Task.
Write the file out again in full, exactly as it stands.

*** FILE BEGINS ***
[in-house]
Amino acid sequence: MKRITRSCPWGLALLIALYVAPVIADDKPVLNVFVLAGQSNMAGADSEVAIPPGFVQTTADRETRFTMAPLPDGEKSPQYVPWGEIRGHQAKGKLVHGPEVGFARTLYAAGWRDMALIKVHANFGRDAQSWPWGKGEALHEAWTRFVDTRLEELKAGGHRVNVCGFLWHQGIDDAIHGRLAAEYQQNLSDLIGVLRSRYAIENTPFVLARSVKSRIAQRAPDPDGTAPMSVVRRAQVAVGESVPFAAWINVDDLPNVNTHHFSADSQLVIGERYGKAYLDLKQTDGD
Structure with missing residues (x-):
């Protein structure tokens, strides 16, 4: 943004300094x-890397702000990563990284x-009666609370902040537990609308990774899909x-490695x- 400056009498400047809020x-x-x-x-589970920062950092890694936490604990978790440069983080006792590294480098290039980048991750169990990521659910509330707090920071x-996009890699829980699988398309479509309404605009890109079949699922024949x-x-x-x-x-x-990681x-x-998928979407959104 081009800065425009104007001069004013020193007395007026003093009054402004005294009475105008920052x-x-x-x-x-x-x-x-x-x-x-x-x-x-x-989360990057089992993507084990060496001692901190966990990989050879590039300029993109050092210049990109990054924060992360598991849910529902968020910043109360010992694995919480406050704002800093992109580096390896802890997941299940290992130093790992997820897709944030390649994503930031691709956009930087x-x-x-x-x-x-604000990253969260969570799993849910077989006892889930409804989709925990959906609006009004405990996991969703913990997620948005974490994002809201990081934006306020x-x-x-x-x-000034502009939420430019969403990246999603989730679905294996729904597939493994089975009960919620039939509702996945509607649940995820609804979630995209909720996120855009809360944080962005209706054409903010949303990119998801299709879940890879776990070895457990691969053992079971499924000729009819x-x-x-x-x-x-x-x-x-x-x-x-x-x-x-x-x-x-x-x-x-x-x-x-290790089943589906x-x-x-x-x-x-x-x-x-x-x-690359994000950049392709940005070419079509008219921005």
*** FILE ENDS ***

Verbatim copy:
[in-house]
Amino acid sequence: MKRITRSCPWGLALLIALYVAPVIADDKPVLNVFVLAGQSNMAGADSEVAIPPGFVQTTADRETRFTMAPLPDGEKSPQYVPWGEIRGHQAKGKLVHGPEVGFARTLYAAGWRDMALIKVHANFGRDAQSWPWGKGEALHEAWTRFVDTRLEELKAGGHRVNVCGFLWHQGIDDAIHGRLAAEYQQNLSDLIGVLRSRYAIENTPFVLARSVKSRIAQRAPDPDGTAPMSVVRRAQVAVGESVPFAAWINVDDLPNVNTHHFSADSQLVIGERYGKAYLDLKQTDGD
Structure with missing residues (x-):
């Protein structure tokens, strides 16, 4: 943004300094x-890397702000990563990284x-009666609370902040537990609308990774899909x-490695x- 400056009498400047809020x-x-x-x-589970920062950092890694936490604990978790440069983080006792590294480098290039980048991750169990990521659910509330707090920071x-996009890699829980699988398309479509309404605009890109079949699922024949x-x-x-x-x-x-990681x-x-998928979407959104 081009800065425009104007001069004013020193007395007026003093009054402004005294009475105008920052x-x-x-x-x-x-x-x-x-x-x-x-x-x-x-989360990057089992993507084990060496001692901190966990990989050879590039300029993109050092210049990109990054924060992360598991849910529902968020910043109360010992694995919480406050704002800093992109580096390896802890997941299940290992130093790992997820897709944030390649994503930031691709956009930087x-x-x-x-x-x-604000990253969260969570799993849910077989006892889930409804989709925990959906609006009004405990996991969703913990997620948005974490994002809201990081934006306020x-x-x-x-x-000034502009939420430019969403990246999603989730679905294996729904597939493994089975009960919620039939509702996945509607649940995820609804979630995209909720996120855009809360944080962005209706054409903010949303990119998801299709879940890879776990070895457990691969053992079971499924000729009819x-x-x-x-x-x-x-x-x-x-x-x-x-x-x-x-x-x-x-x-x-x-x-x-290790089943589906x-x-x-x-x-x-x-x-x-x-x-690359994000950049392709940005070419079509008219921005």